FUNDAMENTALS OF GAME DESIGN, SECOND EDITION

Gameplay

The challenges in a CMS are largely economic. The player must understand how the internal economy of the game works and how to manipulate it to produce eco­nomic growth. Growth provides the resources required for the construction that is usually the overall goal of the game. The game's actions consist of activities that stimulate growth and ways of using the resources that the player earns.

INDIRECT CONTROL

The majority of CMSs are games of indirect control. The game simulates a process that the player can alter only in limited ways, and the player learns by trial and error how the changes that he makes affect the functioning of the process. The game may offer simulated people (see the section "Simulating Individuals" later in this chapter), but they are usually autonomous. Their behavior model governs what they do, and while they respond to stimuli, the player can't give them direct orders.

In contrast, a war game is a game of direct control. The player tells his troops exactly where to go and what to do, and the troops do it. The simulated soldiers demonstrate little or no autonomous behavior. If the player tells them to stand and wait someplace, they wait there forever.

However, the dividing line between direct and indirect control is a fuzzy one. Certain player activities, such as choosing where to build something, constitute direct control of the game. Others, such as trying to boost sales by reducing prices, are classed as indirect control. Reducing prices is a direct action with respect to the prices themselves, but not with respect to sales; the (hoped for) consequent rise in sales is the result of the player's indirect control of the game.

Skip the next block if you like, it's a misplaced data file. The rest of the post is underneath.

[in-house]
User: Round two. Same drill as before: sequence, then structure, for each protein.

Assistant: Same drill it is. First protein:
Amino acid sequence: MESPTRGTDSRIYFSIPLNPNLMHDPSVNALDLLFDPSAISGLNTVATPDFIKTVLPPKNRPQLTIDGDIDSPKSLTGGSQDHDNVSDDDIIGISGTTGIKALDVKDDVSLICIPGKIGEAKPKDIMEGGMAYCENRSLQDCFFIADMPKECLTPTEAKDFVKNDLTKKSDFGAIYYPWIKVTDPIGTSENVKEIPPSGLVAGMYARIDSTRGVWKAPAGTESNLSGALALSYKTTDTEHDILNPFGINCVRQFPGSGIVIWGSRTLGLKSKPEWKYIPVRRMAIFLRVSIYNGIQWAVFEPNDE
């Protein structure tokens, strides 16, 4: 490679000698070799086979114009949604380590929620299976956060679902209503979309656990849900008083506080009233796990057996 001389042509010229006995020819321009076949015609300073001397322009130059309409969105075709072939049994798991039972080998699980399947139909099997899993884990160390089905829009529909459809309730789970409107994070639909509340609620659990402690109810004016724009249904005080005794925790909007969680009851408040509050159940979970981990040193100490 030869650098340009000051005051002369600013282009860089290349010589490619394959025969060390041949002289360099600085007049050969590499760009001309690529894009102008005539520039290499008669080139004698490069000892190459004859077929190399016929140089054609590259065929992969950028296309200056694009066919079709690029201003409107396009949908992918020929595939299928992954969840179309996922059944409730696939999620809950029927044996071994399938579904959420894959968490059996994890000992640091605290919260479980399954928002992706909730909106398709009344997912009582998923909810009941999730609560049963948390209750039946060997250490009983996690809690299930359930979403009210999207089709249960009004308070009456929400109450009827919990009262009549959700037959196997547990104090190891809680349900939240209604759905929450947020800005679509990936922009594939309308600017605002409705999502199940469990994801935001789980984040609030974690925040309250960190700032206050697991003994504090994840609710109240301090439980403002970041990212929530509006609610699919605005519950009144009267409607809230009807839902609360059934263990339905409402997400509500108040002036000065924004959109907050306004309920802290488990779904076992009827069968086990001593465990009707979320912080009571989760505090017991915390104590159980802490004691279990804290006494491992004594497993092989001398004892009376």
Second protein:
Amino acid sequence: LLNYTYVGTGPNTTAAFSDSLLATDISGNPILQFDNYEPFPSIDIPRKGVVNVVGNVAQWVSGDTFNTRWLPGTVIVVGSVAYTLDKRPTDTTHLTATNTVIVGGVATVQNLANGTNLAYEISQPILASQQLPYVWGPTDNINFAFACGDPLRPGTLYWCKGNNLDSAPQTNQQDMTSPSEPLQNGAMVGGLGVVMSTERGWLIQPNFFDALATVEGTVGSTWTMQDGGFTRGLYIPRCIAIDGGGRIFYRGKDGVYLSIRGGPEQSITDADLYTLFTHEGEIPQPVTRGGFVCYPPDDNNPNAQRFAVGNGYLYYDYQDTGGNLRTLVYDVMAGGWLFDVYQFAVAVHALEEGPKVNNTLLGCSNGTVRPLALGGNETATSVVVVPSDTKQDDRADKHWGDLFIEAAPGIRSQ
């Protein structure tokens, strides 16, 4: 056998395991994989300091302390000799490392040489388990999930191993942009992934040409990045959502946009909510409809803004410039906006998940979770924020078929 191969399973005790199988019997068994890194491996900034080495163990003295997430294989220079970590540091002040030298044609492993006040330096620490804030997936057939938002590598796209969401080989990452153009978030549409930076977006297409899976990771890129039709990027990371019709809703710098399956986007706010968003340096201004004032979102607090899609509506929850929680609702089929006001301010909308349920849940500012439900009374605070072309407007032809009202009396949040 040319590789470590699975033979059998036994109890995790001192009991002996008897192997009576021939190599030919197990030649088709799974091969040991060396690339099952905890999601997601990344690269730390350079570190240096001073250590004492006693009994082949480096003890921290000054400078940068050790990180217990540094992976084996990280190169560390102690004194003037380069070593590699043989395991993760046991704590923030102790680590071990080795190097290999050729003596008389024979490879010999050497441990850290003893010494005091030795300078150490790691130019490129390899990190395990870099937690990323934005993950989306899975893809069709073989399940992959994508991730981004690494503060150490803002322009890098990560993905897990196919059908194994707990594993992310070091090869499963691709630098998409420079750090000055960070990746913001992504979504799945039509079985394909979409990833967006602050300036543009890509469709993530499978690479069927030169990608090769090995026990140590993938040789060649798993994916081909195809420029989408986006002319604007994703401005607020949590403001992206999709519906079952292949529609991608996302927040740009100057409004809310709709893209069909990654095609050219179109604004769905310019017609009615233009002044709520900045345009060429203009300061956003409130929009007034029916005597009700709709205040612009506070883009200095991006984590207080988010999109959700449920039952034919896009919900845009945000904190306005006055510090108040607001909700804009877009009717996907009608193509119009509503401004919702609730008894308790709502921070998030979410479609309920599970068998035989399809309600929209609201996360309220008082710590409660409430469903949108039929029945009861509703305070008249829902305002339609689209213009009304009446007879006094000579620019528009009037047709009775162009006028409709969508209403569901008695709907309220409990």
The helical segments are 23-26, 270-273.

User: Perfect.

CONSTRUCTION

In most CMSs, construction itself is not challenging: The player clicks the mouse on a location, and something appears there. The challenge is in obtaining the resources needed for the construction. Construction lets the player exercise her imagination and create something unique and personal. Accordingly, you, as the designer, need to find a way to make the user interface for construction easy and enjoyable to use.